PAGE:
Attachment, social support, and perceived mental health of adult dog walkers: What does age have to do with it?

F. Ellen Netting, Cindy C. Wilson, Jeffrey L. Goodie, Mark Stephens, Christopher G. Byers, Cara H. Olsen

Research output: Contribution to journalArticle

8 Citations (Scopus)

Abstract

In part of a larger pilot study of dog walking as a physical activity intervention we assessed levels of attachment, social supports, and perceived mental health of 75 dog owners, identified through a tertiary- care veterinary hospital. Owners completed the Medical Outcomes Study (MOS) Social Support Survey, mental health component of the Short-Form-12 (SF-12) Health Survey, and the Lexington Attachment to Pets Scale (LAPS). Of particular interest was that younger owners had stronger attachments to their dogs (r = -.488; p <.001) and less social support (r =.269; p =.021). Our study suggests the importance of companion animals for social support, particularly for those without close friends/relatives. For younger owners, our study reveals vulnerabilities in support networks that may warrant referrals to human helping professionals. We suggest the use of Carstensen's Socioemotional Selectivity Theory as an interpretive framework to underscore the importance of including companion animals as part of the human social convoy, especially in terms of providing affectionate and interactional social support.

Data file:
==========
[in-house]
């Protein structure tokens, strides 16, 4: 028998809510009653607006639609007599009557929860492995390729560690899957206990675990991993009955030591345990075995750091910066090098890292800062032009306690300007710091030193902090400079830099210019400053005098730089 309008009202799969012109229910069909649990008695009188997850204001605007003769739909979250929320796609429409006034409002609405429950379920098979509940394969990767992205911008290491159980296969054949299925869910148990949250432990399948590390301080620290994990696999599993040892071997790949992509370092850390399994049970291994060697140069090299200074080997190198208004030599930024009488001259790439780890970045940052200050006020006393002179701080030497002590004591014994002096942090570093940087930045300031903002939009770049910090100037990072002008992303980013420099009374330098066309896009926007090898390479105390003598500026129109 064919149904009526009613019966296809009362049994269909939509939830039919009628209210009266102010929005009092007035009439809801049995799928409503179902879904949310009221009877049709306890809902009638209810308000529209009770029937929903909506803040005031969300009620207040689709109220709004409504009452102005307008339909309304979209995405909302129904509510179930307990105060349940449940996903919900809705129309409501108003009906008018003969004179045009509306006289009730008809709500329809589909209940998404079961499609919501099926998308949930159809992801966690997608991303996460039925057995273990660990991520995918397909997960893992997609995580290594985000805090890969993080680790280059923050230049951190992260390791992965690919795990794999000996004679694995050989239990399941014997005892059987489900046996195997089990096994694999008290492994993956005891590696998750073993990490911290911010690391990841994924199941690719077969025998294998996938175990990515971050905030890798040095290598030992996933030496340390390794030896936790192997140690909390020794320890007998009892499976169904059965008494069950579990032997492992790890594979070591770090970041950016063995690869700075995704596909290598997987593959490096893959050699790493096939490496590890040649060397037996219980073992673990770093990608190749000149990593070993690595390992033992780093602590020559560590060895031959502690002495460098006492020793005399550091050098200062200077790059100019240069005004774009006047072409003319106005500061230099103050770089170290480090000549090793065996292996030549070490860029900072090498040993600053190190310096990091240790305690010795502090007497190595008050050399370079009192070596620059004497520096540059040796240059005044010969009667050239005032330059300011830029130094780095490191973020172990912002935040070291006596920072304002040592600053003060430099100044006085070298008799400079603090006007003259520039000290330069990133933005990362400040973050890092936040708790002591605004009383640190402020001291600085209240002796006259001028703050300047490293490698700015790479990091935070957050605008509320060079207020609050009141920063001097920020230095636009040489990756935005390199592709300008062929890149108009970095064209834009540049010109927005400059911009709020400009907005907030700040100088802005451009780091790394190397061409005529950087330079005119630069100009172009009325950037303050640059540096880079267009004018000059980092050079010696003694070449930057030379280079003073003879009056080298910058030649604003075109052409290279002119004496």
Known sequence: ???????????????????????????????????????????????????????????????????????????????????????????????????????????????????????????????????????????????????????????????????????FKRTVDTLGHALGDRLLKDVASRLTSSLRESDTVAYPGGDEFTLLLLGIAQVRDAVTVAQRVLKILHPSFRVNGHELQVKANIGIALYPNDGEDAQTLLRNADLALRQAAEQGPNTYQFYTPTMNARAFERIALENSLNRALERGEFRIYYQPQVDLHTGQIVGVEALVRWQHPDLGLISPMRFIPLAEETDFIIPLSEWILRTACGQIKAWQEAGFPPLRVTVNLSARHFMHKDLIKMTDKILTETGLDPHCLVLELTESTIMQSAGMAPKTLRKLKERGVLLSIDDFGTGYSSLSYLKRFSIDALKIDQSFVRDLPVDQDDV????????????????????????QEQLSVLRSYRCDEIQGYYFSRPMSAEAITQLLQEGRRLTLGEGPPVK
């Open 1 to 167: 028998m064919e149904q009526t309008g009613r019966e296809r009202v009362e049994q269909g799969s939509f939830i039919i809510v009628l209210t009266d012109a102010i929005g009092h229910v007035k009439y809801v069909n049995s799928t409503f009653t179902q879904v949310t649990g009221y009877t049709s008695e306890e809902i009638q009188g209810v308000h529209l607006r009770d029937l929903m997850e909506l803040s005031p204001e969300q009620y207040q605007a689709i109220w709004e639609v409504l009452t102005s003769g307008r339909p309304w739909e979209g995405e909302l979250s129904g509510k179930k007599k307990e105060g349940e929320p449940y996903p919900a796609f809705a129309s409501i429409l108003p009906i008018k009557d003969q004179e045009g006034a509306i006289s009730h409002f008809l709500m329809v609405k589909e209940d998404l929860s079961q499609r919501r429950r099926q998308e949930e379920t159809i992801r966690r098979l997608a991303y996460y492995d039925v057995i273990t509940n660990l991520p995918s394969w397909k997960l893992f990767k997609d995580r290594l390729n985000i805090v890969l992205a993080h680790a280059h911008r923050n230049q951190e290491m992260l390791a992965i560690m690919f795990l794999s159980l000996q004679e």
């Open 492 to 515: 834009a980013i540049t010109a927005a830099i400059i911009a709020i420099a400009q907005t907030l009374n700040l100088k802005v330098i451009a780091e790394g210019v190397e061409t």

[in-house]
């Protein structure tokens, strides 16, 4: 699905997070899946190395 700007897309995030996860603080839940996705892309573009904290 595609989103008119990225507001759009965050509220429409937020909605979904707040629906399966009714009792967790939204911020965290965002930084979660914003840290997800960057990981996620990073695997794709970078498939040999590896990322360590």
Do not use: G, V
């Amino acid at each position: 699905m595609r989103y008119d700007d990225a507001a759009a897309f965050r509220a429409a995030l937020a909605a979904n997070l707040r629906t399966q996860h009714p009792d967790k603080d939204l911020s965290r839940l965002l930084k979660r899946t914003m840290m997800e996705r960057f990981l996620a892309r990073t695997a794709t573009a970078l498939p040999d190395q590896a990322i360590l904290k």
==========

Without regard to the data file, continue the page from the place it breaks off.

Original languageEnglish (US)
Pages (from-to)261-283
Number of pages23
JournalJournal of Sociology and Social Welfare
Volume40
Issue number4
StatePublished - Dec 3 2013

Fingerprint

social support
mental health
animal
vulnerability
health

All Science Journal Classification (ASJC) codes

  • Sociology and Political Science
  • Social Sciences (miscellaneous)

Cite this

Ellen Netting, F. ; Wilson, Cindy C. ; Goodie, Jeffrey L. ; Stephens, Mark ; Byers, Christopher G. ; Olsen, Cara H. / Attachment, social support, and perceived mental health of adult dog walkers : What does age have to do with it?. In: Journal of Sociology and Social Welfare. 2013 ; Vol. 40, No. 4. pp. 261-283.
@article{9a011e1d806e49c29314c7752c73b0d3,
title = "Attachment, social support, and perceived mental health of adult dog walkers: What does age have to do with it?",
abstract = "In part of a larger pilot study of dog walking as a physical activity intervention we assessed levels of attachment, social supports, and perceived mental health of 75 dog owners, identified through a tertiary- care veterinary hospital. Owners completed the Medical Outcomes Study (MOS) Social Support Survey, mental health component of the Short-Form-12 (SF-12) Health Survey, and the Lexington Attachment to Pets Scale (LAPS). Of particular interest was that younger owners had stronger attachments to their dogs (r = -.488; p <.001) and less social support (r =.269; p =.021). Our study suggests the importance of companion animals for social support, particularly for those without close friends/relatives. For younger owners, our study reveals vulnerabilities in support networks that may warrant referrals to human helping professionals. We suggest the use of Carstensen's Socioemotional Selectivity Theory as an interpretive framework to underscore the importance of including companion animals as part of the human social convoy, especially in terms of providing affectionate and interactional social support.",
author = "{Ellen Netting}, F. and Wilson, {Cindy C.} and Goodie, {Jeffrey L.} and Mark Stephens and Byers, {Christopher G.} and Olsen, {Cara H.}",